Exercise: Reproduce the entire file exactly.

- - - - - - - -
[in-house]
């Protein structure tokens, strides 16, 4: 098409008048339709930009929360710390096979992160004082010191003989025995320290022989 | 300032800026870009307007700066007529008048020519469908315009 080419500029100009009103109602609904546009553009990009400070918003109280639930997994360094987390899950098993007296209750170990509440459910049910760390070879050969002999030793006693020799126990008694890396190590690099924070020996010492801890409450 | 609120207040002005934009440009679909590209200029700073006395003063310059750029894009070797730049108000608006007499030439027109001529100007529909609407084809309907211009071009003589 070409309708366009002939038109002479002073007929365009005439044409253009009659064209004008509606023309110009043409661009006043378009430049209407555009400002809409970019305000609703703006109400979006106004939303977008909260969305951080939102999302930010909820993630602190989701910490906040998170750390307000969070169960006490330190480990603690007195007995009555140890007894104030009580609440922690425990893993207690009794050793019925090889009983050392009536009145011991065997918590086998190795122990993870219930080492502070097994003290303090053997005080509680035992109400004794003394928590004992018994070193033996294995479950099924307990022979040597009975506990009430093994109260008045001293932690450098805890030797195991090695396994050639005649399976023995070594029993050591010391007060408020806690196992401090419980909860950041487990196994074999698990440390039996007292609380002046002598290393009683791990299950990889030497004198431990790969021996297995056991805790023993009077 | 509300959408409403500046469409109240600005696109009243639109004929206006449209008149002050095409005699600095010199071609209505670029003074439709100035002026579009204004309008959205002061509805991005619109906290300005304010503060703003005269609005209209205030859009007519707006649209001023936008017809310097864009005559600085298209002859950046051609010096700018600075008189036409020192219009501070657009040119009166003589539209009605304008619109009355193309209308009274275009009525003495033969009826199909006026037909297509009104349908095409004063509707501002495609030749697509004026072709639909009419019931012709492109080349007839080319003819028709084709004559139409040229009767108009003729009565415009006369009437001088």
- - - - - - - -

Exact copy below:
[in-house]
């Protein structure tokens, strides 16, 4: 098409008048339709930009929360710390096979992160004082010191003989025995320290022989 | 300032800026870009307007700066007529008048020519469908315009 080419500029100009009103109602609904546009553009990009400070918003109280639930997994360094987390899950098993007296209750170990509440459910049910760390070879050969002999030793006693020799126990008694890396190590690099924070020996010492801890409450 | 609120207040002005934009440009679909590209200029700073006395003063310059750029894009070797730049108000608006007499030439027109001529100007529909609407084809309907211009071009003589 070409309708366009002939038109002479002073007929365009005439044409253009009659064209004008509606023309110009043409661009006043378009430049209407555009400002809409970019305000609703703006109400979006106004939303977008909260969305951080939102999302930010909820993630602190989701910490906040998170750390307000969070169960006490330190480990603690007195007995009555140890007894104030009580609440922690425990893993207690009794050793019925090889009983050392009536009145011991065997918590086998190795122990993870219930080492502070097994003290303090053997005080509680035992109400004794003394928590004992018994070193033996294995479950099924307990022979040597009975506990009430093994109260008045001293932690450098805890030797195991090695396994050639005649399976023995070594029993050591010391007060408020806690196992401090419980909860950041487990196994074999698990440390039996007292609380002046002598290393009683791990299950990889030497004198431990790969021996297995056991805790023993009077 | 509300959408409403500046469409109240600005696109009243639109004929206006449209008149002050095409005699600095010199071609209505670029003074439709100035002026579009204004309008959205002061509805991005619109906290300005304010503060703003005269609005209209205030859009007519707006649209001023936008017809310097864009005559600085298209002859950046051609010096700018600075008189036409020192219009501070657009040119009166003589539209009605304008619109009355193309209308009274275009009525003495033969009826199909006026037909297509009104349908095409004063509707501002495609030749697509004026072709639909009419019931012709492109080349007839080319003819028709084709004559139409040229009767108009003729009565415009006369009437001088």